Help! I’m evaluated on Collaboration, so how can I make that happen when teachers are SO busy?

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School is in full swing and time is limited, especially if you are an elementary librarian and teacher. So how do we find the time to meet our evaluation standards and make our lessons more meaningful through collaboration?

  1. First, we have to be mindful of the classroom teachers schedule. Respecting the time they have will go a long way in developing trust and rapport with them.
  2. Start small. Speak to them in passing (lounge, bathroom, lunchroom, afterschool, etc.) and express a desire to work with them.
  3. Take a look at their pacing guide and suggest a way to incorporate technology and information skills in their current or future unit or project.
  4. Be proactive. Most teachers will not seek us out to collaborate. Don’t be afraid to speak up and let them know you are willing to make their job easier.
  5. Say thank you. Once you have established a relationship with one teacher, others will follow.  Be very appreciative of their time and effort.
  6. Keep abreast of the latest educational tools and pedagogy. This is a great “foot in the door” to developing lessons. There are journals, conferences, workshops, social media, etc. Teachers are extremely busy and may not have time for these activities. Acquiring this knowledge will help you be seen as the “expert” and the media center as “the hub”.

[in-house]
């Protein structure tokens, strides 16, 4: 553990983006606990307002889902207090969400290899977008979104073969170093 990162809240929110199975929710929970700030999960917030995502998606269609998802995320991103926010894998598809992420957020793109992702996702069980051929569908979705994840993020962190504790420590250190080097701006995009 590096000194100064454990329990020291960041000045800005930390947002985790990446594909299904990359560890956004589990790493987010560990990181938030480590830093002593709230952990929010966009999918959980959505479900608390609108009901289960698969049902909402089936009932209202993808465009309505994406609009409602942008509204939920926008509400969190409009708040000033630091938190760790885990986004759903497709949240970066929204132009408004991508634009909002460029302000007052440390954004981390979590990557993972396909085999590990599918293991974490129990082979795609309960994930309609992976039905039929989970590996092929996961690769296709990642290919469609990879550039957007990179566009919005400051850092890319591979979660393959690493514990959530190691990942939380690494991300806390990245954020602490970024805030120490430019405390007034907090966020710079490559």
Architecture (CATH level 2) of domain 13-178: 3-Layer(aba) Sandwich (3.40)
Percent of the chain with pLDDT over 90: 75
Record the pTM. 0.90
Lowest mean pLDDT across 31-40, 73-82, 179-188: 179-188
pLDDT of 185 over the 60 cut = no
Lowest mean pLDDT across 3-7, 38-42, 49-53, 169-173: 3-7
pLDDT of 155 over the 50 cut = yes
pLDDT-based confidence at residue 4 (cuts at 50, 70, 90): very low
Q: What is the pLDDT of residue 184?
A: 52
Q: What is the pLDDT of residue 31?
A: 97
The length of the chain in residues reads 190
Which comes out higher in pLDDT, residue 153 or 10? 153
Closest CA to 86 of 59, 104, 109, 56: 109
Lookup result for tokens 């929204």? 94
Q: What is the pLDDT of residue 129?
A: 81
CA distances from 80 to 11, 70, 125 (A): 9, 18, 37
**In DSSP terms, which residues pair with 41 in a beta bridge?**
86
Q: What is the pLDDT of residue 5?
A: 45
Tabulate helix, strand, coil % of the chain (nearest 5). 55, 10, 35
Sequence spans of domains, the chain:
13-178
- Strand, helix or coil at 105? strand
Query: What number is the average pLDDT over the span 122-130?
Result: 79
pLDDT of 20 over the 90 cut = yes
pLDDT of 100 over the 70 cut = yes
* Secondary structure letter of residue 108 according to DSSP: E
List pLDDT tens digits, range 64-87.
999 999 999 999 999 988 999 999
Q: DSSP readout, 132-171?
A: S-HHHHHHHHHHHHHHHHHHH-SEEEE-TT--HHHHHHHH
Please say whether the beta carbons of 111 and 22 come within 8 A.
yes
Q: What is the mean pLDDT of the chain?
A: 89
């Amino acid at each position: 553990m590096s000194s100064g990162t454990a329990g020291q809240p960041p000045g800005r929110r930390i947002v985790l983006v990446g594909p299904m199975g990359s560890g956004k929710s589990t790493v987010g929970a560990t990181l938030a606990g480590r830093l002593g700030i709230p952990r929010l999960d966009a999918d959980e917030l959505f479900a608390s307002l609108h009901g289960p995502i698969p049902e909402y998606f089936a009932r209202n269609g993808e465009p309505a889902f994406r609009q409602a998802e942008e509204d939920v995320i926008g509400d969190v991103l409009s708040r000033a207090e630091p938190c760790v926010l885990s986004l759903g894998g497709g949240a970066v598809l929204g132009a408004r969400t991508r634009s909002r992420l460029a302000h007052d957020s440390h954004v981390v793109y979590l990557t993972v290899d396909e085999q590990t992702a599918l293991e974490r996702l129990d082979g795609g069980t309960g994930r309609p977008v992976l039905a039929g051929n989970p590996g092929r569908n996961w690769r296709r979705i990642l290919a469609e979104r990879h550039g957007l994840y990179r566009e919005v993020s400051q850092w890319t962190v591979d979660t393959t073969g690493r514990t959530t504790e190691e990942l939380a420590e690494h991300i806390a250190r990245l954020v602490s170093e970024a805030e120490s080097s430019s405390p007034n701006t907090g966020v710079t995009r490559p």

Collaboration can be simple if done respectfully. When librarians and teachers work together, relationships grow, inspiration blossoms, and students are engaged. So let’s get our Collaboration on!

Collaboration lesson template (editable doc)

Collaboration lesson template (PDF)

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Images courtesy of Flickr Creative Commons

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What do you do with Kinders in the library?

I was reminded yesterday about how many times the question of kinders has come up in meetings. The time with them can seem like the never-ending story in the library. I’d love for us to share what we do in our libraries to meet their needs.

I subscribe to a preschool newsletter from Karen Cox that has a ton of great ideas. I’m sure there are others out there. What newsletters do you get? Hap Palmer has a You.Tube station.

I’ve also got some library workshops running:

  • Reading Buddies (stuffed animals)
  • Listening stations – started with book fair monies
  • Board book basket
  • Pop up book basket
  • ABC and matching games
  • Large floor puzzles
  • little chair area (I got these at the 5 and below store)
  • story sequencing
  • nature station

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